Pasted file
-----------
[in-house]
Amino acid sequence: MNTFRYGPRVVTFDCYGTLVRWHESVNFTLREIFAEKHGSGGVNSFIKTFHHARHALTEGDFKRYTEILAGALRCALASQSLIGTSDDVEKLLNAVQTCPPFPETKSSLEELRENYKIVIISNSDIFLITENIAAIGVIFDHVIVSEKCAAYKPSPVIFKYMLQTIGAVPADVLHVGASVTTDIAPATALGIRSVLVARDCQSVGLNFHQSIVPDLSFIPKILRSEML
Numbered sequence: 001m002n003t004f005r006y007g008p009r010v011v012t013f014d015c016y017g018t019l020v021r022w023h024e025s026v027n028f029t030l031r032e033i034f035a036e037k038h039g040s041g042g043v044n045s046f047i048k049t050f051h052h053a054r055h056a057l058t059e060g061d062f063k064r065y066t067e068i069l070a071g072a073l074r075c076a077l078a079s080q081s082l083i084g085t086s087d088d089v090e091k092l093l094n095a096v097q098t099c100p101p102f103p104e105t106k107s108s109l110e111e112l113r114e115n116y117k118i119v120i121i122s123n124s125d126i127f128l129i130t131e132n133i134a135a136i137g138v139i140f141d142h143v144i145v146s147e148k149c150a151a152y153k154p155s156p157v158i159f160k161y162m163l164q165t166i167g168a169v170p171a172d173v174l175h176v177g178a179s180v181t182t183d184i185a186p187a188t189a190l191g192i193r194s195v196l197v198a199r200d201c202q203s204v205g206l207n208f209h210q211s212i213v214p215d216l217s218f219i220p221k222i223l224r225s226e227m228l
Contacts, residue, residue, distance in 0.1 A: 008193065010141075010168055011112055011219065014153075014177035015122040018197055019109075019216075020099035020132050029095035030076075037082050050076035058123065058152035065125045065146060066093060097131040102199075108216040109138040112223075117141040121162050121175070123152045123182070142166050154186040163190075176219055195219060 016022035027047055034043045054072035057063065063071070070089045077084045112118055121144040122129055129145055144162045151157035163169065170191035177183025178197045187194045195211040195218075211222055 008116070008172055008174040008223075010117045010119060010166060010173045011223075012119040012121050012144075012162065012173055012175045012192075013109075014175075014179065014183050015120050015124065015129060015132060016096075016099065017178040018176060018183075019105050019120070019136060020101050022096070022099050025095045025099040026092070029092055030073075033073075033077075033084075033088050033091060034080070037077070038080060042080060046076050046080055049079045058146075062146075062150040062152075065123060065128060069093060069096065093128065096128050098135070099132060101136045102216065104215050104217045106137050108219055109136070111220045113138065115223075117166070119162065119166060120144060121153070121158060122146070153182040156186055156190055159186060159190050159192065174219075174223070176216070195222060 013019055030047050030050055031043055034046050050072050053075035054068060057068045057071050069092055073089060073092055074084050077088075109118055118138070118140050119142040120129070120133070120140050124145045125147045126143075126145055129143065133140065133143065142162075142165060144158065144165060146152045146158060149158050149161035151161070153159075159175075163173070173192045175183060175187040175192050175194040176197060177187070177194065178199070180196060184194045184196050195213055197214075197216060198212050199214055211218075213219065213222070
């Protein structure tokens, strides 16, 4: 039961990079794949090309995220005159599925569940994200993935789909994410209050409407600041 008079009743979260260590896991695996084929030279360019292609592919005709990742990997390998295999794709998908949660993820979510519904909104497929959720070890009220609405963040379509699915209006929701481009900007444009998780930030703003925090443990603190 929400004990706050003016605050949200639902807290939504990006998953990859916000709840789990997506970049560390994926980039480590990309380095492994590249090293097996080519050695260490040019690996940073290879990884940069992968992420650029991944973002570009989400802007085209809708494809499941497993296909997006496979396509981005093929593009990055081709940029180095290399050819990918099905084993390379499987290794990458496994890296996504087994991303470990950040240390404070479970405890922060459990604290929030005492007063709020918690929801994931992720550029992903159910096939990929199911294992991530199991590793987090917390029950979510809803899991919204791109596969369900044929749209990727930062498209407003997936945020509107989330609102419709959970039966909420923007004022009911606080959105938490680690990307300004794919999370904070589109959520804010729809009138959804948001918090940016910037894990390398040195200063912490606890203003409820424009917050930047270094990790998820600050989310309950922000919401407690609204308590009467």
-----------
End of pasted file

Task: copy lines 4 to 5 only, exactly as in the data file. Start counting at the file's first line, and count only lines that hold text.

Contacts, residue, residue, distance in 0.1 A: 008193065010141075010168055011112055011219065014153075014177035015122040018197055019109075019216075020099035020132050029095035030076075037082050050076035058123065058152035065125045065146060066093060097131040102199075108216040109138040112223075117141040121162050121175070123152045123182070142166050154186040163190075176219055195219060 016022035027047055034043045054072035057063065063071070070089045077084045112118055121144040122129055129145055144162045151157035163169065170191035177183025178197045187194045195211040195218075211222055 008116070008172055008174040008223075010117045010119060010166060010173045011223075012119040012121050012144075012162065012173055012175045012192075013109075014175075014179065014183050015120050015124065015129060015132060016096075016099065017178040018176060018183075019105050019120070019136060020101050022096070022099050025095045025099040026092070029092055030073075033073075033077075033084075033088050033091060034080070037077070038080060042080060046076050046080055049079045058146075062146075062150040062152075065123060065128060069093060069096065093128065096128050098135070099132060101136045102216065104215050104217045106137050108219055109136070111220045113138065115223075117166070119162065119166060120144060121153070121158060122146070153182040156186055156190055159186060159190050159192065174219075174223070176216070195222060 013019055030047050030050055031043055034046050050072050053075035054068060057068045057071050069092055073089060073092055074084050077088075109118055118138070118140050119142040120129070120133070120140050124145045125147045126143075126145055129143065133140065133143065142162075142165060144158065144165060146152045146158060149158050149161035151161070153159075159175075163173070173192045175183060175187040175192050175194040176197060177187070177194065178199070180196060184194045184196050195213055197214075197216060198212050199214055211218075213219065213222070
């Protein structure tokens, strides 16, 4: 039961990079794949090309995220005159599925569940994200993935789909994410209050409407600041 008079009743979260260590896991695996084929030279360019292609592919005709990742990997390998295999794709998908949660993820979510519904909104497929959720070890009220609405963040379509699915209006929701481009900007444009998780930030703003925090443990603190 929400004990706050003016605050949200639902807290939504990006998953990859916000709840789990997506970049560390994926980039480590990309380095492994590249090293097996080519050695260490040019690996940073290879990884940069992968992420650029991944973002570009989400802007085209809708494809499941497993296909997006496979396509981005093929593009990055081709940029180095290399050819990918099905084993390379499987290794990458496994890296996504087994991303470990950040240390404070479970405890922060459990604290929030005492007063709020918690929801994931992720550029992903159910096939990929199911294992991530199991590793987090917390029950979510809803899991919204791109596969369900044929749209990727930062498209407003997936945020509107989330609102419709959970039966909420923007004022009911606080959105938490680690990307300004794919999370904070589109959520804010729809009138959804948001918090940016910037894990390398040195200063912490606890203003409820424009917050930047270094990790998820600050989310309950922000919401407690609204308590009467």